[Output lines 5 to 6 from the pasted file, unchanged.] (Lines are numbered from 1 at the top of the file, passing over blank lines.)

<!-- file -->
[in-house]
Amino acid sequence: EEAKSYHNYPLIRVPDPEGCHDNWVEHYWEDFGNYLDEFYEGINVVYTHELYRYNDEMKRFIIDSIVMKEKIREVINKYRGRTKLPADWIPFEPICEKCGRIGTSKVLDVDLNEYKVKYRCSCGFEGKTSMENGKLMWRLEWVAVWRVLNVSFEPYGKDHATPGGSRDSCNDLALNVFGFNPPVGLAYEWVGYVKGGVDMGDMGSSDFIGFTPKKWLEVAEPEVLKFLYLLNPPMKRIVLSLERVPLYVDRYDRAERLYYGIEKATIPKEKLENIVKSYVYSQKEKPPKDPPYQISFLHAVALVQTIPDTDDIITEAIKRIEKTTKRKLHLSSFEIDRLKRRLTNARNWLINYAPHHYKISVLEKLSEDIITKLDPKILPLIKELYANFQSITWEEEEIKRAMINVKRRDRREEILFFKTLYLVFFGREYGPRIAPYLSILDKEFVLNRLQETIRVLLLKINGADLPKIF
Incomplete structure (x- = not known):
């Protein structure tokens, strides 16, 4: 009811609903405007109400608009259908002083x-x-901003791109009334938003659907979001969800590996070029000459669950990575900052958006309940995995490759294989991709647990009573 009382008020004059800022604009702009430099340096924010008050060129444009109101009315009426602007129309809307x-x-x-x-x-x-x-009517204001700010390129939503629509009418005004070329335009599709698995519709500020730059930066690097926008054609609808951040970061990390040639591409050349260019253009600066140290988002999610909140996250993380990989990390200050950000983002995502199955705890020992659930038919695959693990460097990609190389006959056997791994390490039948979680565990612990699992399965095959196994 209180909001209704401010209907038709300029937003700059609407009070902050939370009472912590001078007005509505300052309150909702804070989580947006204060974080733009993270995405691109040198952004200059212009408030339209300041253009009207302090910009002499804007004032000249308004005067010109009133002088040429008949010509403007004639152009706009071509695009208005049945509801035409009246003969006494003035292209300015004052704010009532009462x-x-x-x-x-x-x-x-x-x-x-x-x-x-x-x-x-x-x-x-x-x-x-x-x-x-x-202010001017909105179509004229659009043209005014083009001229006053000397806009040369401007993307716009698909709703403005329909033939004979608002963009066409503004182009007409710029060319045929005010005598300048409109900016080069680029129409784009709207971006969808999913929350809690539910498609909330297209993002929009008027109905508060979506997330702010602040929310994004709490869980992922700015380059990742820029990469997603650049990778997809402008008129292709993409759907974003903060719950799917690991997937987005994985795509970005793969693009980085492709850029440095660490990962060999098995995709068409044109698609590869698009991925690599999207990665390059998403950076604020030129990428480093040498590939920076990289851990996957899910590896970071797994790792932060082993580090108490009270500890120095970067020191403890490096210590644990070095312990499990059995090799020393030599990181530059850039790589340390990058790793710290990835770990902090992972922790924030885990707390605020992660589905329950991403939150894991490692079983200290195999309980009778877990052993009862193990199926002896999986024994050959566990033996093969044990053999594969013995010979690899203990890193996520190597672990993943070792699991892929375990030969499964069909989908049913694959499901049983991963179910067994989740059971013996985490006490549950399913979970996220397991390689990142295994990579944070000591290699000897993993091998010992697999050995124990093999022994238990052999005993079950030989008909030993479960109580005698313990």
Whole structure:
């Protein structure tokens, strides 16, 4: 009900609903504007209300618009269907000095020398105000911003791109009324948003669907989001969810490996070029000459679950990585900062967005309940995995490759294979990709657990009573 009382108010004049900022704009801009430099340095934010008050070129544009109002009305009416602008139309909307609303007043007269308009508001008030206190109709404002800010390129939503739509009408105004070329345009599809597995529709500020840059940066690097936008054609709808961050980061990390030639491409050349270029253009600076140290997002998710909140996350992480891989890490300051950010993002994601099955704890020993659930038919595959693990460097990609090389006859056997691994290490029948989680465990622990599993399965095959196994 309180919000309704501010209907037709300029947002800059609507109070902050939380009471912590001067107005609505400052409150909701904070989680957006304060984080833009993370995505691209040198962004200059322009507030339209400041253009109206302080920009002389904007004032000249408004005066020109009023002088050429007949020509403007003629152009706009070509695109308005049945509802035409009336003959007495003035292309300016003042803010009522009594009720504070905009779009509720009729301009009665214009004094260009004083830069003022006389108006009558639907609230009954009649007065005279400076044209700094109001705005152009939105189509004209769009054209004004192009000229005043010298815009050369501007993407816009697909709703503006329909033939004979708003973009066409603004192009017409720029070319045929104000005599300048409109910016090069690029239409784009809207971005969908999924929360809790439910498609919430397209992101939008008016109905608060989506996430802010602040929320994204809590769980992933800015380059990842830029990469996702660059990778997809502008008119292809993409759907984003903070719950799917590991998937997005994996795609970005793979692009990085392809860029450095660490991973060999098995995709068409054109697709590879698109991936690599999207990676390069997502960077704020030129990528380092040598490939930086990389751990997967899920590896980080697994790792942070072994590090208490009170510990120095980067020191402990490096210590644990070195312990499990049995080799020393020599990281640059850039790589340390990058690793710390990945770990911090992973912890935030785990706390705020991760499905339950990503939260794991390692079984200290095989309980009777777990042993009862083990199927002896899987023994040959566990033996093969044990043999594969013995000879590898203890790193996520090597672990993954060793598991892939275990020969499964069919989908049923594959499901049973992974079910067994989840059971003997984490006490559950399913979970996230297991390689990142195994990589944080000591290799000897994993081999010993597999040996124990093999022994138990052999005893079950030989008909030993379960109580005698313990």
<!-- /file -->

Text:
Whole structure:
């Protein structure tokens, strides 16, 4: 009900609903504007209300618009269907000095020398105000911003791109009324948003669907989001969810490996070029000459679950990585900062967005309940995995490759294979990709657990009573 009382108010004049900022704009801009430099340095934010008050070129544009109002009305009416602008139309909307609303007043007269308009508001008030206190109709404002800010390129939503739509009408105004070329345009599809597995529709500020840059940066690097936008054609709808961050980061990390030639491409050349270029253009600076140290997002998710909140996350992480891989890490300051950010993002994601099955704890020993659930038919595959693990460097990609090389006859056997691994290490029948989680465990622990599993399965095959196994 309180919000309704501010209907037709300029947002800059609507109070902050939380009471912590001067107005609505400052409150909701904070989680957006304060984080833009993370995505691209040198962004200059322009507030339209400041253009109206302080920009002389904007004032000249408004005066020109009023002088050429007949020509403007003629152009706009070509695109308005049945509802035409009336003959007495003035292309300016003042803010009522009594009720504070905009779009509720009729301009009665214009004094260009004083830069003022006389108006009558639907609230009954009649007065005279400076044209700094109001705005152009939105189509004209769009054209004004192009000229005043010298815009050369501007993407816009697909709703503006329909033939004979708003973009066409603004192009017409720029070319045929104000005599300048409109910016090069690029239409784009809207971005969908999924929360809790439910498609919430397209992101939008008016109905608060989506996430802010602040929320994204809590769980992933800015380059990842830029990469996702660059990778997809502008008119292809993409759907984003903070719950799917590991998937997005994996795609970005793979692009990085392809860029450095660490991973060999098995995709068409054109697709590879698109991936690599999207990676390069997502960077704020030129990528380092040598490939930086990389751990997967899920590896980080697994790792942070072994590090208490009170510990120095980067020191402990490096210590644990070195312990499990049995080799020393020599990281640059850039790589340390990058690793710390990945770990911090992973912890935030785990706390705020991760499905339950990503939260794991390692079984200290095989309980009777777990042993009862083990199927002896899987023994040959566990033996093969044990043999594969013995000879590898203890790193996520090597672990993954060793598991892939275990020969499964069919989908049923594959499901049973992974079910067994989840059971003997984490006490559950399913979970996230297991390689990142195994990589944080000591290799000897994993081999010993597999040996124990093999022994138990052999005893079950030989008909030993379960109580005698313990």